From that point on, I did variations on "catch-and-release" (let a rider go, reel them in, and let them catch me back) and "cat-and-mouse" (catch and pass a rider, let them almost get back on, then accelerate away) for most of the rest of the ride. Great training! HUGE motivation to put out good effort, and quality recovery. I got to take some time to catch up on current events with Joe and Maria, too, which was great. Hadn't seen them in quite some time.
After we got back to Corvallis, I found a restroom, refilled the water bottles, and slipped the second sour cream twist down. I decided that it wanted some company; rather than burn the third one right away (I only had four...) I stopped at a minimart and - in honor of Joe - got a corn dog. Ah...fat, salt, protein, mustard. That should balance out the sugar bomb!

Uneventful ride down to Harrisburg. Despite a threatening weather forecast, it didn't rain, which I certainly appreciated. Just over 100 miles, felt great the whole time, looking forward to more of the same tomorrow.
Did the last two twists make it all the way home? What do you think?
Expecting to make it all the way to Corvallis from Eugene next week; that will make a 130-140 mile ride. Hopefully I can get a few more weeks of quality riding in before the gang gets too fed up with my antics.

Sunday, January 3, 2010

Happy New Year

I got to spend some quality RAAM time over the New Year - went down to Arcata to visit David Bradley. He coughed up (not literally, he's the picture of health going into his surgery next week) a BUNCH of resources to make my stay a mini training camp.

We arrived bright and early on New Years' Eve day. I'd definitely count 2AM as early, and we were as bright as anyone needs to be at that hour...Thursday's workout was a 2-hour spin courtesy of Jim Kern, followed by one of my favorite RAAM activities - listening to people heatedly discuss maltodextrin. Woo-hoo!

We were festive, within the limits of our advancing ages. It's only a matter of time until the US goes to Daylight Savings Time 365 days a year, so since ultracyclists are such cutting edge innovators, we decided to officially ring in the New Year at 11PM (PST), preserving an hour of sleep for...

...Vic Armijo's 9AM spin class. We took it over and more or less turned it into a RAAM reunion ride - a bunch of obnoxious RAAMsters filling the front row and making obscure comments about Wolf Creek, Yarnell Grade, and other RAAM highlights. Surprisingly, none of the "civilians" left in disgust. Vic held David and I after class an extra hour, just to make sure I was really feeling it before we headed out for our "recovery" ride.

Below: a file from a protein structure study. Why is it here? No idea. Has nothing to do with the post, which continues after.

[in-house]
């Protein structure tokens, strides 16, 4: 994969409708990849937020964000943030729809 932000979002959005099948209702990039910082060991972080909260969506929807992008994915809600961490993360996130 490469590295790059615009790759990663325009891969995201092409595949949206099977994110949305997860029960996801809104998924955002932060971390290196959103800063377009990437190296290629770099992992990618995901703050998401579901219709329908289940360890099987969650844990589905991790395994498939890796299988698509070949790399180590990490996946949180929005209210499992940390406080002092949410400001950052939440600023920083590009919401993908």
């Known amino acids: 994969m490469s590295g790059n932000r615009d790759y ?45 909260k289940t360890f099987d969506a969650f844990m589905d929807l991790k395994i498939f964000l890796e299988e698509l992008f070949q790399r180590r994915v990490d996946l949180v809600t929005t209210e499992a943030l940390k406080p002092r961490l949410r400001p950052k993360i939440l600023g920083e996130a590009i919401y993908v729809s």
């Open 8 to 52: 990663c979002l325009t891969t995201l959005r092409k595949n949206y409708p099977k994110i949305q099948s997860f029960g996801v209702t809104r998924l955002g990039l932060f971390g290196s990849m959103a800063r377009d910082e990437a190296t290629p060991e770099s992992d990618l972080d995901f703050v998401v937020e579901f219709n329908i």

Arcata is a pretty wonderful place to ride, really - a lot of pretty country roads (maybe a little weather-beaten in places), bike paths, and the like. On Saturday we made it as far as Clam Beach before I weenied out - ever since the chain breakage incident the week before I'd not been able to shift the front derailleur, and I was feeling a little sheepish about it, so we turned around.

And it was a good thing, too - on two counts. First, we got to help Cody fix his flat. I don't know Cody, and no one else on the ride did, either, but he was walking a perfectly good road bike, and it was threatening rain. He didn't have his flat kit with him, so we helped him out. While my Carbent was leaning against a fence, it drew the attention of the local herd. The Carbent Race Bag is Guernsey-Approved! I didn't quite know what to do with a cow-licked waterbottle (OK, I knew what NOT to do with a cow-licked water bottle..). Second - we got home just before the rain hit in earnest.

I'd love to say that when we got back I went straight out to the garage and fixed my front derailleur. But I didn't. I took a shower, and we played cards into the wee hours.

Saturday, Bill came over for a ride at a very optimistic 9AM. David and I were ready, but there was no sign of Adrienne and Robert, so we sent Bill out for an errand while I attacked my front derailleur (oh, yeah...). After my last experience, I'd dutifully hauled along my PT-MLP-1, figuring that I'd need to adjust the number of links in the chain once I was able to upshift. The problem turned out to be quite simple! The front derailleur had slipped on its mount and was too low - it physically couldn't make the shift no matter what I did. Easily fixed! And as a bonus, my chain length was just fine as-is - no PT-MLP-1 needed. I took it with me on the ride anyway. You just never know.

We rode one of David and Bill's favorite loops. I did okay on the climb - and had an absolute blast knocking out the slightly descending rollers on the way down. I think I gave Bill a decent run for his money, but he'd know better than me how much he was sandbagging.

After the ride, a little more card-playing, Chinese food for dinner, and a lot of war stories ("let me tell you about MY heat exhaustion..."), and we were off to bed.
Sunday we left quite early and drove straight up 101 to Florence before heading east on HWY 126.

The trip home got me thinking about a potentially excellent RAAM training ride - leave Bike Friday on a Friday afternoon, ride out to the coast, and ride through the night to, say, Brookings. Have to work on those logistics!

So - a good time was had by all. Not a mega-mile weekend, but a good one nonetheless. A lot of sweat and intensity, riding next to the ocean in sunny weather, and good friends old and new. Six weeks to Sebring! I've got a lot to accomplish between now and then. I'm looking forward to it!